POLICE deliberately rammed a banned driver in an attempt to bring a high speed chase to an end.
The officers hoped to make Jack Brennan, aged 19, spin onto a grass verge by making contact with the back of his Vauxhall Vectra, however he handled the spin and raced away again.
Brennan, of Long Row, Llanelli, admitted dangerous driving, driving while disqualified, failing to stop for a police officer and driving without insurance.
Craig Jones, prosecuting, told Swansea crown court how police saw the Vectra at Trostre roundabout late on February 17 being driven without any lights on.
The officers signalled for Brennan to stop but he sped off.
During the next few minutes he swerved through ‘no entry’ signs, dashed through cross roads without giving way to on coming traffic and almost hit railings after losing control.
Mr Jones said Brennan reached 55mph along narrow residential roads and the officers became so worried they tried to force him off the road.
The chase came to an end when Brennan suddenly stopped, got out of the Vectra and knelt on the ground with his arms in the air.
After his arrest Brennan told police he had panicked because he knew he had already been banned from driving. Mr Jones said Brennan already had two convictions for dangerous driving.
Brennan’s barrister, John Hipkin, said his driving record was appalling and only one sentence could follow. He said Brennan intended leaving the area after his release from prison.
Judge Paul Thomas said he doubted the citizens of Llanelli would miss him.
“For a nineteen year old you have a very bad driving record. This is the third time in little over a year you have been before the court for dangerous driving and the fourth time for driving while disqualified.
“You took a risk with other people’s lives at almost every junction you passed.
“You have not yet killed or injured someone but in my opinion it is only a matter of time before you do,” he added.
Disqaulifications ‘did not work’, said the judge, because Brennan simply ignored them.
Brennan was jailed for 40 weeks and banned from driving for three years. Judge Thomas also ordered the confiscation of the Vauxhall Vectra.
Victoria Road: Meat stolen shed not fit for humans, say police
DYFED-POWYS POLICE is warning that meat stolen during a burglary in Llanelli is not fit for consumption by humans.
Several bags of frozen chicken and other meat were taken from a shed in Queen Victoria Road some time over the past few days, along with a radio controlled car and an electric saw.
If eaten, the meat could result in food poisoning.
Officers are concerned that the offender could be intending to sell the meat on, or might already have sold it.
Anyone with information about the burglary is asked to contact Dyfed-Powys Police on 101.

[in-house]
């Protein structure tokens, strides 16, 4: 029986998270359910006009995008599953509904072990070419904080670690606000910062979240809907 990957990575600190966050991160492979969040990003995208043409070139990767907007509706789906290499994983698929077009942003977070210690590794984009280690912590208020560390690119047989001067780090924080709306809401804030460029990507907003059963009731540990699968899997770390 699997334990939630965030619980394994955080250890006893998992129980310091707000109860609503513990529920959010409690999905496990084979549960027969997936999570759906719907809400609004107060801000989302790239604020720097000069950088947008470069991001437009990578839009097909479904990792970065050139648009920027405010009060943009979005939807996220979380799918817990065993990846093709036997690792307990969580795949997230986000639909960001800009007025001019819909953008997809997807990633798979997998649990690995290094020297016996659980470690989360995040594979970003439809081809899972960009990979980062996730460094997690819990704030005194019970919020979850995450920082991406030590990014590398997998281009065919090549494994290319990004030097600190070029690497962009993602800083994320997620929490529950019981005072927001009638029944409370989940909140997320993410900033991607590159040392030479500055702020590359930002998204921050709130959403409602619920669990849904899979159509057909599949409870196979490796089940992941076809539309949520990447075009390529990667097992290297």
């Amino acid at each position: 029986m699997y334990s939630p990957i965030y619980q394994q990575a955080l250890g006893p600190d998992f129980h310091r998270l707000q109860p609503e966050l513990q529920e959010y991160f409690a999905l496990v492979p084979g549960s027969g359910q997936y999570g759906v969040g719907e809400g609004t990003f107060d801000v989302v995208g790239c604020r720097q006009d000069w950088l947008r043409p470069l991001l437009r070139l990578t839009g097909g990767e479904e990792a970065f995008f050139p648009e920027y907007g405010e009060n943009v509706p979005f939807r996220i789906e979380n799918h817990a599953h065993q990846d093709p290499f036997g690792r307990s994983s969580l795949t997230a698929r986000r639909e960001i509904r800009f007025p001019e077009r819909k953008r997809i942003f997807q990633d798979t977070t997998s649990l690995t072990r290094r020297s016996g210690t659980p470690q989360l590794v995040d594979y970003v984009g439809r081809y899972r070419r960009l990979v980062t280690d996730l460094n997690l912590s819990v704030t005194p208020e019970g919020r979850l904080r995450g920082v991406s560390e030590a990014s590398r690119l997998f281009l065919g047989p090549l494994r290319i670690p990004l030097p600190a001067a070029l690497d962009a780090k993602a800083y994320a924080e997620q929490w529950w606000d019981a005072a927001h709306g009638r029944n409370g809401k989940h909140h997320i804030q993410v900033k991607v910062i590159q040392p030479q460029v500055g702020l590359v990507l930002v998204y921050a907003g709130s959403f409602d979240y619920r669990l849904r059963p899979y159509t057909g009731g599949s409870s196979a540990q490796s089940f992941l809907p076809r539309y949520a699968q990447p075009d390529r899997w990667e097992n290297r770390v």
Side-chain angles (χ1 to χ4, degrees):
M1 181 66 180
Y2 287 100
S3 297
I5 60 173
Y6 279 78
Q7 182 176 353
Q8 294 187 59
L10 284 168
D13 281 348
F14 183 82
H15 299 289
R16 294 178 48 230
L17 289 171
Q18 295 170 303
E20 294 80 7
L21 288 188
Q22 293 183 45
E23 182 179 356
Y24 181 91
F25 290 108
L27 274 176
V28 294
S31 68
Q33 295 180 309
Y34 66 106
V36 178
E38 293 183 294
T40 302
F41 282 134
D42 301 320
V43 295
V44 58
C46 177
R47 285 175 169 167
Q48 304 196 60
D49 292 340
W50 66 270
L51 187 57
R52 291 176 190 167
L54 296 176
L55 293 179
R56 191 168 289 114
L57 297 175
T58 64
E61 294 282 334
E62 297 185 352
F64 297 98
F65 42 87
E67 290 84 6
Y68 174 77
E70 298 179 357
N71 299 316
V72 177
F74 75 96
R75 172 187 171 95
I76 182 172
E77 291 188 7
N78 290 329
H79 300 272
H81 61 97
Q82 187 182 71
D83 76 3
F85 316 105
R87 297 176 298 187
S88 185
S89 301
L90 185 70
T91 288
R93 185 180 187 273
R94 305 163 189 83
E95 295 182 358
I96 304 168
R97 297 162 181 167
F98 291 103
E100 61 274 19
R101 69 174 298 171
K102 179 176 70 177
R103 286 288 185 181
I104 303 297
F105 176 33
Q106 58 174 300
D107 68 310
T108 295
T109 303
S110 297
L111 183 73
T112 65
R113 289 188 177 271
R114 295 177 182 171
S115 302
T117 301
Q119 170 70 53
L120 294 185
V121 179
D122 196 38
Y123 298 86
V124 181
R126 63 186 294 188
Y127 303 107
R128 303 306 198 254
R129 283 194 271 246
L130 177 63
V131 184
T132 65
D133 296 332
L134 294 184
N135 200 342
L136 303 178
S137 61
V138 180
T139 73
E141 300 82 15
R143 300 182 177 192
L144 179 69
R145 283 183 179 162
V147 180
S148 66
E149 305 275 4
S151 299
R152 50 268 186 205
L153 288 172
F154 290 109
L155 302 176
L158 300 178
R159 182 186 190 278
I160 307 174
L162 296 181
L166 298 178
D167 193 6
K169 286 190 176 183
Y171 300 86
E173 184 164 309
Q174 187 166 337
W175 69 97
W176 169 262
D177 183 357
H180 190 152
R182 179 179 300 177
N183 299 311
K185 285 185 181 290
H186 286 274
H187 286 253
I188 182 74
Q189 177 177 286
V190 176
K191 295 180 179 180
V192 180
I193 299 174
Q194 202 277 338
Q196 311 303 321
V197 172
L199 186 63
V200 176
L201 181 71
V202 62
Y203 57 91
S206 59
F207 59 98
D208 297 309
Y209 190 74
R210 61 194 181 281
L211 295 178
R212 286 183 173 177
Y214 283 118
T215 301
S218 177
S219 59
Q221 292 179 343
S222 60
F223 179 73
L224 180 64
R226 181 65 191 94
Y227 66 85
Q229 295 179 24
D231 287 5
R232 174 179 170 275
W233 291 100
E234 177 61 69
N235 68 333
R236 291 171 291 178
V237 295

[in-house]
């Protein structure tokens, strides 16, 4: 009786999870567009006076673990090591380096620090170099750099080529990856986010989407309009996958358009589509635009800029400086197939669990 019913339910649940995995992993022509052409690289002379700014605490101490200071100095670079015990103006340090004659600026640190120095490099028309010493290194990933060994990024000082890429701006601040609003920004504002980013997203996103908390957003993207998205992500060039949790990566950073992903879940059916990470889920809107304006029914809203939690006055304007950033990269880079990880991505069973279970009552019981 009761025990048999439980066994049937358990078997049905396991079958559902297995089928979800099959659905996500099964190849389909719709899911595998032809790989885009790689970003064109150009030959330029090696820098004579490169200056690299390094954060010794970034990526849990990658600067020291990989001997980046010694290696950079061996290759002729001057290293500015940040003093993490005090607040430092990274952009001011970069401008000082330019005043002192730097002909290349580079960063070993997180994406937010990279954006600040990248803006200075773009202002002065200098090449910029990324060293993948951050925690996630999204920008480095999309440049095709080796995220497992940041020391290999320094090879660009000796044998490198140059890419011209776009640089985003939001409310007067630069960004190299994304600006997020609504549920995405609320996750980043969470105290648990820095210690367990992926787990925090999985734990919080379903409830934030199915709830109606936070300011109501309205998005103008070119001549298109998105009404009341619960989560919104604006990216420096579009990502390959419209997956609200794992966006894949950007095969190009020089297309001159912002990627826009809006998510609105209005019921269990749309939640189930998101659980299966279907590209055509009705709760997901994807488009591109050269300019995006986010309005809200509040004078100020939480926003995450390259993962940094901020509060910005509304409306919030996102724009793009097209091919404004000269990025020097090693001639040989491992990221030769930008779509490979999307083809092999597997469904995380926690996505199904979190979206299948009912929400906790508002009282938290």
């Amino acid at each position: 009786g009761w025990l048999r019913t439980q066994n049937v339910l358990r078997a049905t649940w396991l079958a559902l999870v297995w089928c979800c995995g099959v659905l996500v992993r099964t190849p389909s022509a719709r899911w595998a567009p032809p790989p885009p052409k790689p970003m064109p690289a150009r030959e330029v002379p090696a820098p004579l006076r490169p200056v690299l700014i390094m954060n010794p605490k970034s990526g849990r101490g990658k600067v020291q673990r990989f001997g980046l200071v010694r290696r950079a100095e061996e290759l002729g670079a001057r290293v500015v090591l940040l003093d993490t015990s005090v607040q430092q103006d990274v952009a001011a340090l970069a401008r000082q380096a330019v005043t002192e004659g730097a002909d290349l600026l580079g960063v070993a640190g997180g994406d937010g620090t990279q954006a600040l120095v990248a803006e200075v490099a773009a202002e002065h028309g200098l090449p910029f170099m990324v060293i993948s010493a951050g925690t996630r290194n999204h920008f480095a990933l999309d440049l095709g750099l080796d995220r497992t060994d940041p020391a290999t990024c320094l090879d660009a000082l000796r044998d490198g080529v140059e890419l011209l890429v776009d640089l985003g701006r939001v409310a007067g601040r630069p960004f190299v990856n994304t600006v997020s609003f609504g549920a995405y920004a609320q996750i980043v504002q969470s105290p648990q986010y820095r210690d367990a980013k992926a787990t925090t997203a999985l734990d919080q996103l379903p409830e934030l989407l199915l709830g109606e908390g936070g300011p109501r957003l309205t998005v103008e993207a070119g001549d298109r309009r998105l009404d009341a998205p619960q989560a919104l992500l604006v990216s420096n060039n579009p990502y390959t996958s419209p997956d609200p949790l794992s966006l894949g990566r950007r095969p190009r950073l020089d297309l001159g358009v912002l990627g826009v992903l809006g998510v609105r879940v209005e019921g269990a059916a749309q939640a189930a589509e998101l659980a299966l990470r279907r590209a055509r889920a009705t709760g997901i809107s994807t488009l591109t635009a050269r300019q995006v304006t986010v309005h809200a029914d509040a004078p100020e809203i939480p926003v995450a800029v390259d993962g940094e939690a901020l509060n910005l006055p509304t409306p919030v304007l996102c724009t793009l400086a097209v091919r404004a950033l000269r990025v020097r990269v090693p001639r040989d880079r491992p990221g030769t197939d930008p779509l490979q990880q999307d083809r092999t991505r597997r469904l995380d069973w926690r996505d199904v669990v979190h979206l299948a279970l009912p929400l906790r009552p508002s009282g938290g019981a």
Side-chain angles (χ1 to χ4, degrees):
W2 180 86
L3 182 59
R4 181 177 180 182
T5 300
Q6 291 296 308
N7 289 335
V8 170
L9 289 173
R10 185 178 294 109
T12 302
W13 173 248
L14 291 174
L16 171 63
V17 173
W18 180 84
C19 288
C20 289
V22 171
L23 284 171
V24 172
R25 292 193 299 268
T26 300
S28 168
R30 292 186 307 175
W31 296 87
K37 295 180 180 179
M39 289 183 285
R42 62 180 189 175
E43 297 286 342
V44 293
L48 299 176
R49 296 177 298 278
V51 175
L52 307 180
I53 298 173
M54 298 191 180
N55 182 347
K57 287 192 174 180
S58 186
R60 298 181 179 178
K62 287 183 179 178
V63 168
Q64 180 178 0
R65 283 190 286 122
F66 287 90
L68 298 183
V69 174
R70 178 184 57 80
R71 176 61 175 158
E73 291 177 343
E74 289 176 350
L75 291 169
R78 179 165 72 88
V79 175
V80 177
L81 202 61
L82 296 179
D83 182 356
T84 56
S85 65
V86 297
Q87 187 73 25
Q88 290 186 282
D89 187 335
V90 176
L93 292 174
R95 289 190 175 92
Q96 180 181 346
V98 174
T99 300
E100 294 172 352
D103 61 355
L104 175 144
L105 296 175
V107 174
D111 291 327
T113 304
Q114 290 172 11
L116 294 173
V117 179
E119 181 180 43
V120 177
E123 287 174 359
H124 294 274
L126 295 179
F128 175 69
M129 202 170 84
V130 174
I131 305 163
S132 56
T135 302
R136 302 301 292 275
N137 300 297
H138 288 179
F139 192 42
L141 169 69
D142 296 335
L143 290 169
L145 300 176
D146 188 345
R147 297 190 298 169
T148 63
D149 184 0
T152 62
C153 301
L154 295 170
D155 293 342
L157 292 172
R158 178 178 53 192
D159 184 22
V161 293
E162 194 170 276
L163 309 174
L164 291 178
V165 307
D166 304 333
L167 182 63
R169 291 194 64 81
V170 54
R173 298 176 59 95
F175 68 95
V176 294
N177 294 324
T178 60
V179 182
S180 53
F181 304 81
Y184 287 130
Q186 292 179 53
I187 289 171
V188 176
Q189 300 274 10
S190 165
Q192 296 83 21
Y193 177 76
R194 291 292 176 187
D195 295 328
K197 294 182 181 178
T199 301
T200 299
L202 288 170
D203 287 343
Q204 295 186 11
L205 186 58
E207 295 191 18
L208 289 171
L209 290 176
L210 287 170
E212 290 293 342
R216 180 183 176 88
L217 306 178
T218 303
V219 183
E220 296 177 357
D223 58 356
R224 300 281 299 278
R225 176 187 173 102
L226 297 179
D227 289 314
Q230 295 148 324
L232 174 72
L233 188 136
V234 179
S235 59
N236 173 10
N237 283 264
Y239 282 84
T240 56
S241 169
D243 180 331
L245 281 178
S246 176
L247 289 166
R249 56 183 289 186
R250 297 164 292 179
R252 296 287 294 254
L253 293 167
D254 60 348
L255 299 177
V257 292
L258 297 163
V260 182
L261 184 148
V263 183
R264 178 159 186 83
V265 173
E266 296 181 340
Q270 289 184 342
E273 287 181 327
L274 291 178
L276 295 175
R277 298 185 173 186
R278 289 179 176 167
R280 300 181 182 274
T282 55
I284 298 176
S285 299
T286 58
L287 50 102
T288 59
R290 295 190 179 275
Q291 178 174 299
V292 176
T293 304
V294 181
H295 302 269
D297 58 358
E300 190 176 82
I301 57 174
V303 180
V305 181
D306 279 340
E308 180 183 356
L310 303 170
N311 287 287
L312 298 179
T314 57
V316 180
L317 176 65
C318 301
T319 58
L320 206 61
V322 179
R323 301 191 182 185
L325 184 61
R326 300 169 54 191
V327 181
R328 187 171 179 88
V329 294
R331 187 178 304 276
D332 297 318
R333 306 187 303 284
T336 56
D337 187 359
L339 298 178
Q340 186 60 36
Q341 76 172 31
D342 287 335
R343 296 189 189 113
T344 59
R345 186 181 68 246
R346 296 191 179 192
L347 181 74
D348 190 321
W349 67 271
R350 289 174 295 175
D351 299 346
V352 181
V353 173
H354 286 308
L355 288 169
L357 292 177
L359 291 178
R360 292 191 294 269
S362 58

Llanelli: Woman on trial for fiddling more than £100,000 in benefits
A LLANELLI woman is to stand trial accused of fiddling more than £100,000 in benefits she was not entitled to.
Emma Jane Campbell, aged 49, appeared at Swansea Crown Court today for a plea and trial preparation hearing before Judge Keith Thomas.
Campbell, of Elizabeth Street, denied retaining wrongful credits totalling £42,908 between 2002 and 2010, £63,113 between 2002 and 2016 and £7,722 between 20002 and 2013.
The amounts were said to relate to income support, housing benefit and council tax relief received by Campbell when she had capital in excess of the permitted amount.
Campbell is also charged with fraud by claiming Jobseeker’s allowance and employment support allowance but failing to notify the Department for Work and Pensions of her true financial position.
Campbell entered pleas of not guilty to all the charges.
She was granted bail until the start of her trial on April 17.
Burry Port RFC welcomes asset transfer
BURRY PORT RFC has welcomed its takeover of its home base from Carmarthenshire County Council.
The Rugby Club has signed a 99 year lease for the playing fields and changing rooms at Burry Port Memorial Park as part of the county council’s asset transfer programme.
The club has also been awarded a Maintenance Grant to assist with maintaining the asset and an Improvement Grant to assist with making any improvement works they may wish to undertake.
Around 80 per cent of the county council’s recreation assets have already been transferred, or are nearing completion, to town or community councils, or community groups.
Two years ago the council’s executive board agreed a package to offer community councils or groups the opportunity to take over the running of facilities in their areas.
Councillors believe it gives local people greater control in the future of their area and their community.
Burry Port RFC secretary Jonathan Davies said the club accepted that changes had to be made although it would not have chosen it.
“In hindsight I think it is a positive thing for the club. It has increased the assets of the club and given members a sense of belonging to the park.”
Executive board member for assets Cllr David Jenkins said: “Unfortunately, we can no longer afford to maintain all the recreational assets in our portfolio.
“However, this is not just a cost saving exercise – communities are often best placed to manage facilities in their local environment.
“I’m pleased that Burry Port RFC has taken over and is looking forward to the future.”
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